I’m so glad I finally got over myself and read my first book by Isabel Allende – The Japanese Lover, published in 2015. I really think it was the right place to start with her fiction too, since I was instantly drawn into the book – which is something I find doesn’t happen very often to me. The Japanese Lover is mostly historical fiction – it’s set in the present day but the larger part of the novel is memories told through Alma, one of the protagonist of the book. Alma is being sent away from Poland during the World War II, separated from her family to stay with her relatives, until things calm down. Her relatives are well off, her uncle a lawyer with a big heart, her aunt a kind and loving woman with a sense for propriety, her cousin a potential friend and brother. We see her settling down into this new home, this new country (the US), this place of possibility but also of a certain sense of not belonging. The present time shows us an old Alma, somewhere in her late seventies, as she has moved into a care-home where Irina works. Irina is the other protagonist of the novel, chased by her own demons and haunted by her past, although she works more as a lense through which we see Alma’s story to a large extent. Irina, and Alma’s grandson Seth, try to figure out the past of this mysterious old woman who has given up so many of her belongings and her comfortable home in the Sea Cliff, to spend her last years in an elderly home. Irina and Seth try to figure out who the Japanese man in the portrait is and what their relationship is, and if he’s the sender of the mystery letters and flowers Alma received once a week.
As I said, this book is mainly historical fiction. The majority of the book follows Alma’s memories from her childhood, her moving to America into the Belasco’s house, her adventures with Nathaniel (her cousin) and her meeting with the Japanese man, Ichimei. We see her through the years of the war, the 60s and 70s as she grows up, moves through new stages of her life. It’s not only Alma’s memories but the people in her life as well, although she is definitely the main focus of the novel.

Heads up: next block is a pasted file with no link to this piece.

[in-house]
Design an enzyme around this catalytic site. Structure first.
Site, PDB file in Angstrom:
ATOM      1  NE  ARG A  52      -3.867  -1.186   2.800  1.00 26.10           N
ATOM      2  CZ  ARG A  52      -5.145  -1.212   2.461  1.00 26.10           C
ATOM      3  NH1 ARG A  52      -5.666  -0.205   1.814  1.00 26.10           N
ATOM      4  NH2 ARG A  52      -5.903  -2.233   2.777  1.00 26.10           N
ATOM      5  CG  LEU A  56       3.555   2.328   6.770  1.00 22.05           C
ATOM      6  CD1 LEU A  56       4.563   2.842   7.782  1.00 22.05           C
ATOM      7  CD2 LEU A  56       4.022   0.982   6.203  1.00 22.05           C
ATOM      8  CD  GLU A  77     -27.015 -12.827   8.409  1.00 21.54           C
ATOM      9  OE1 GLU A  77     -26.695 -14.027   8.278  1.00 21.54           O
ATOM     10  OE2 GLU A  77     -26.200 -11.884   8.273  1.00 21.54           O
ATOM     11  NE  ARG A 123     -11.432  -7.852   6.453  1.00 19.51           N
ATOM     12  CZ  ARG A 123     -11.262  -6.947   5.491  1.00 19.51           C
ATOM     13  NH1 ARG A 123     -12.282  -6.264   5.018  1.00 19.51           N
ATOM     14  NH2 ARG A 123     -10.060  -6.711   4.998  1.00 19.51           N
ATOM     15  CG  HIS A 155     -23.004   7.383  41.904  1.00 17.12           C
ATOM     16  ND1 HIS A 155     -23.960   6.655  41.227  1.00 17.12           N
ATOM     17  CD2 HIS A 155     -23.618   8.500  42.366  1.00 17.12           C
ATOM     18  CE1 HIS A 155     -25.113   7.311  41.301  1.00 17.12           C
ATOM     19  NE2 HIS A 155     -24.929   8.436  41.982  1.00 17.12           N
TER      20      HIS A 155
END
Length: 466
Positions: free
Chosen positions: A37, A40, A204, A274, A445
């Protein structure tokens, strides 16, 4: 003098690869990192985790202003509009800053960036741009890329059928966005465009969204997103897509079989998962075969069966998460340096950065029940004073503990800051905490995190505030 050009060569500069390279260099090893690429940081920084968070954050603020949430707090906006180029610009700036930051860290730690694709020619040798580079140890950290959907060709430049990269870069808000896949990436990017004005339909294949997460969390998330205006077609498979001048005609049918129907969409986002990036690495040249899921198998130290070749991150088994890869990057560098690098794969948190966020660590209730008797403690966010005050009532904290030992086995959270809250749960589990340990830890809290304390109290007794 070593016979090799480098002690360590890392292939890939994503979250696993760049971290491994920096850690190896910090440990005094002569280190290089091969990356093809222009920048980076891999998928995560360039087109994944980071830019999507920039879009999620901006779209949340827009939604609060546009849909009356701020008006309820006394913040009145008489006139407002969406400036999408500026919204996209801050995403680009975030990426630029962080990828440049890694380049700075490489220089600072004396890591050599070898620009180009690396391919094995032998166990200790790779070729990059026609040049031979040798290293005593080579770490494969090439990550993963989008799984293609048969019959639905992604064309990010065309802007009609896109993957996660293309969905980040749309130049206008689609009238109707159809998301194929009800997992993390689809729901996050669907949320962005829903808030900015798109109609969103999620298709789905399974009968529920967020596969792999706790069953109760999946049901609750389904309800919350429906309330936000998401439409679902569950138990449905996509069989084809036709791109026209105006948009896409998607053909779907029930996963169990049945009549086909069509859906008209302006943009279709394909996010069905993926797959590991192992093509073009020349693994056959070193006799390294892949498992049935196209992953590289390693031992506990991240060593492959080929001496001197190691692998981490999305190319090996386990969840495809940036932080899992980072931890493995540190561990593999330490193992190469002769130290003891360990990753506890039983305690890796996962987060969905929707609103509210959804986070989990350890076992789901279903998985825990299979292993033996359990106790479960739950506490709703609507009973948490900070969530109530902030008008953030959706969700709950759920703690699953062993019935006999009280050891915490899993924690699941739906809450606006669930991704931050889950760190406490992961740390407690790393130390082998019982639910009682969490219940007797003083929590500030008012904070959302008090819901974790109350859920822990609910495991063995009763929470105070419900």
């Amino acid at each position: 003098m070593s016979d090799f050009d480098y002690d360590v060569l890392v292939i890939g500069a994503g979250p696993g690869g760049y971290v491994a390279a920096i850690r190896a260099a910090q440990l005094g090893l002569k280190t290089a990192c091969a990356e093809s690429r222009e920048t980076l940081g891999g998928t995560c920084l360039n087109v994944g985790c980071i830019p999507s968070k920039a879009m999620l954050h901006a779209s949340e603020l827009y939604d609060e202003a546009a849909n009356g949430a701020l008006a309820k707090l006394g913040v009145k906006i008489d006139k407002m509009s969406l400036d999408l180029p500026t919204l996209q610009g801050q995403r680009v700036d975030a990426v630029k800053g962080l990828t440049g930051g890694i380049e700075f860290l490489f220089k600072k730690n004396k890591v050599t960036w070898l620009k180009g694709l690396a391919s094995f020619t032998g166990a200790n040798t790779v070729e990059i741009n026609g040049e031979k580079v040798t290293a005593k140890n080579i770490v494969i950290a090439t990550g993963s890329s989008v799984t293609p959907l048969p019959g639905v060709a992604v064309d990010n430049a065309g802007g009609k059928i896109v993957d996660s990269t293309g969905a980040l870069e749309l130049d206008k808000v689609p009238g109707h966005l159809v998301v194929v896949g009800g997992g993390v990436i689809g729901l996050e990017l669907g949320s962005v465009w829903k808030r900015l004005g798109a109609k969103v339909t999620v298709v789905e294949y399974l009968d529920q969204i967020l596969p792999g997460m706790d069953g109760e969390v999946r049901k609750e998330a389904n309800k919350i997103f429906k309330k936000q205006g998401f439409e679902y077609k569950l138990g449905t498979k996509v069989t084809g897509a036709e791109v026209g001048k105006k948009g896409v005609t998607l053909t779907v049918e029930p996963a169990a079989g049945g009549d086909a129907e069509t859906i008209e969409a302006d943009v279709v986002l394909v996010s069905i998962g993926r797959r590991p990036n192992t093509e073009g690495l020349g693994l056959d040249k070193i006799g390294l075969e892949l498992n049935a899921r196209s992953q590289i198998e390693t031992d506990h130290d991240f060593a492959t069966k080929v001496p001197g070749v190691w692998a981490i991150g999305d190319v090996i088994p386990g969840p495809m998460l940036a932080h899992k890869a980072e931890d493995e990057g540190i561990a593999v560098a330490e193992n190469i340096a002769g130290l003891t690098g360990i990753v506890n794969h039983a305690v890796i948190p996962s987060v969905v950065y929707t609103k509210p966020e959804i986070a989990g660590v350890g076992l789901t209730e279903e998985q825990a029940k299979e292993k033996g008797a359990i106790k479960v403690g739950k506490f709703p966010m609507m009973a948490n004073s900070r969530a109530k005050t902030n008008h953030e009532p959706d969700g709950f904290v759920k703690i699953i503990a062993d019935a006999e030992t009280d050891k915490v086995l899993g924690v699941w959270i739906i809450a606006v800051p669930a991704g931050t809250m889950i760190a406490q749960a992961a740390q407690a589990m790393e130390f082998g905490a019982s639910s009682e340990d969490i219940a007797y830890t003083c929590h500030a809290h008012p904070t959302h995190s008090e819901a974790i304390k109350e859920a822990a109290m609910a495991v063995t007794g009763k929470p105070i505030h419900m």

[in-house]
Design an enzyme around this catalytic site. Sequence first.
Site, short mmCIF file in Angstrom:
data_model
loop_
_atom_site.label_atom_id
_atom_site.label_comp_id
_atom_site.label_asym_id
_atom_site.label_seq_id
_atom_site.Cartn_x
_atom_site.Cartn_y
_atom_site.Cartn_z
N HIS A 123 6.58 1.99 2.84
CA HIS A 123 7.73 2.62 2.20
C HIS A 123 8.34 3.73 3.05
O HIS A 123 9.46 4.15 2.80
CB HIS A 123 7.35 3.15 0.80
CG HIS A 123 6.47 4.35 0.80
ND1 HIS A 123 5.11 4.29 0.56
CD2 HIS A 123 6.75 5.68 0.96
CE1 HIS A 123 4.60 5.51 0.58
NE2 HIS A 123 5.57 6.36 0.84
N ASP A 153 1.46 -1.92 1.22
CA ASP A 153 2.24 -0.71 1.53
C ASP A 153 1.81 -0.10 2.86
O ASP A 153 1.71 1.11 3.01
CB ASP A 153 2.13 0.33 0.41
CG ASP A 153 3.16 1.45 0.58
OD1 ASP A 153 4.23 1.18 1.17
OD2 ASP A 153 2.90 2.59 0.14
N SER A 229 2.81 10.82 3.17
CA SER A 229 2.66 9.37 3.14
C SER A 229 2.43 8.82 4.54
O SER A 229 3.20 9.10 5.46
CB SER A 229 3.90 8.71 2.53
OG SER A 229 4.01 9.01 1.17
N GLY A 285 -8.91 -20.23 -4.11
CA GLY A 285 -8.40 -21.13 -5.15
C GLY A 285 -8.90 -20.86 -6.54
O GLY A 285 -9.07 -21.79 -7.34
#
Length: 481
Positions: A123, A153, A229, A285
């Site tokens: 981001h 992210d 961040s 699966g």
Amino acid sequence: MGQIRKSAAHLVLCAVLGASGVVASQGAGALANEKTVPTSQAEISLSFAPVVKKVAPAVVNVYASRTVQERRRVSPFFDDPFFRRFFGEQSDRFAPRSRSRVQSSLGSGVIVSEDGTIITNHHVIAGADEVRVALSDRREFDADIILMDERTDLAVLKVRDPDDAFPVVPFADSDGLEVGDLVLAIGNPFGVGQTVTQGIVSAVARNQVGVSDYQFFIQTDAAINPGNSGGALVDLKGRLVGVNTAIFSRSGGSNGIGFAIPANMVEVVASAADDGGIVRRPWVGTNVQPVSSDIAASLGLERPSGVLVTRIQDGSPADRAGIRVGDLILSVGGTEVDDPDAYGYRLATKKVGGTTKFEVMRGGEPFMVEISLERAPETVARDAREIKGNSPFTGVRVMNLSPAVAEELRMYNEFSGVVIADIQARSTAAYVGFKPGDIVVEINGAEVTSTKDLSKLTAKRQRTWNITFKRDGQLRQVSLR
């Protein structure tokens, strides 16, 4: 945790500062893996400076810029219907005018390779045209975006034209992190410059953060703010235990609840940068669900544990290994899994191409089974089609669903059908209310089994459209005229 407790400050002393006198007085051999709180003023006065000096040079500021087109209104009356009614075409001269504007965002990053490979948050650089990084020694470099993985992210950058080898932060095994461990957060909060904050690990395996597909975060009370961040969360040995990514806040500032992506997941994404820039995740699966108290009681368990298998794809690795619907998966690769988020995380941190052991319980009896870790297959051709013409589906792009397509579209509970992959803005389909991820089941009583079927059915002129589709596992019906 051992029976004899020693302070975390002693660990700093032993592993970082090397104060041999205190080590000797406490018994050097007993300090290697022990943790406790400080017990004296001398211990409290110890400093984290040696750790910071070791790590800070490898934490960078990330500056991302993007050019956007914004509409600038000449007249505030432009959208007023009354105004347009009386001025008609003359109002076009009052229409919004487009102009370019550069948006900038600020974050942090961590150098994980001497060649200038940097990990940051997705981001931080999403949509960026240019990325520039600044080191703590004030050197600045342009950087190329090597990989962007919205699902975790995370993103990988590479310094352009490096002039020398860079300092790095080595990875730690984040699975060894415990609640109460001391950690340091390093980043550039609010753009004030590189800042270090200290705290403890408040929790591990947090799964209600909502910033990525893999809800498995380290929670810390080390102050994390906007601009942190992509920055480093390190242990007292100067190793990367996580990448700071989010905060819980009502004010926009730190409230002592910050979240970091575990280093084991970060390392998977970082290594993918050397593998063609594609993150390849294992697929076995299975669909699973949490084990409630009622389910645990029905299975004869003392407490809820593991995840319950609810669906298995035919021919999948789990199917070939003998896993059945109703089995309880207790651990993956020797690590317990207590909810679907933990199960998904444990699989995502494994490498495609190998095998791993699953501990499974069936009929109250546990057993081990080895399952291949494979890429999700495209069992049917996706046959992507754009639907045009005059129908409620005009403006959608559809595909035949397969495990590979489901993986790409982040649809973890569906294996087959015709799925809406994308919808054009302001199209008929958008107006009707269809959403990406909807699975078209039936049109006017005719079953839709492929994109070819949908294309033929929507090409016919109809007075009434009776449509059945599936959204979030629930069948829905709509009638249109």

Then there’s the present time in which Irina is dealing with her own issues, and then meeting Seth, meeting the people at Lark House – the elderly home where she works. There are actually quite a few characters in this novel, now that I think about it, and for me they are all distinct which means Allende does a great job of really creating dimension into each and every person included in the story. There’s Cathy the doctor of Lark House, Lenny an old friend from the past, Ichimei and Nathaniel of course, Seth, the cat Neko, Kirsten who works at Alma’s studio, Megumi – Ichimei’s sister, and many more.
I do think the characters were one reason why it felt so comforting to read this book, to return to this world – the world inside those pages. I had this feeling as soon as I stepped into Lark House, and I felt this way as I was listening side by side with Seth and Irina as Alma told her last memories to them. One of the things I complained of in another novel I read recently, Age of Miracles, where I felt I was held at arm’s length – this is the exact opposite. I felt included right from the start, I felt welcomed into this world and Allende’s writing.
I loved how she dealt with the theme of aging, of growing old and the emotional process of losing everything; the material things one collects over a life time but also the ability to do certain things – things like driving a car at first and then eventually things as fundamental as getting dressed. Losing the passion and losing the freedom that comes from having one’s body in one’s control, being able to walk out of a room, being able to call it quits when pain is all there is, being able to decide how to go. There’s one part of the novel where someone comments on how growing old is kind of like becoming a child again – becoming helpless and needing help even in the most simple errands, but it’s worse because the only future is a downward. For a child, that state won’t last forever. But growing old, you lose things one by one until there is nothing left of the person you were. There’s some incredible commentary on aging by Allende in this novel – this “second childhood” point is just one example. There’s also some thought on the assisted suicide or, there’s another word for it used in the book that I can’t remember at this point but I found it very interesting and valuable to read and think about.
The only thing I didn’t love in this book is that I feel like the timeline, or the different parts of Alma’s life and also other characters, didn’t come together fully. It kind of felt like the timeline didn’t work out, or that some things would’ve overlapped. That they just didn’t seamlessly make up the same persons past and history. The memories do jump around in time which is probably the reason for this “shattered” sort of feeling to it. I mean, I do think that for the most part this was an incredibly enjoyable book and that each memory and part of the story was well written. But I’m just not completely convinced it was all thought out before she started writing the book, like she came up with new parts further down the line, and so some of the things she’d written in the beginning didn’t work with the later things. I feel like I spotted a few contradictions, but I’m not a hundred percent sure so don’t hold me to it.
But overall, I will say this was an incredibly enjoyable reading experience. Allende is certainly an excellent story teller, and I will gladly put my foot into another one of her worlds, hopefully with that same sense of comfort I felt while reading The Japanese Lover.
Until next time,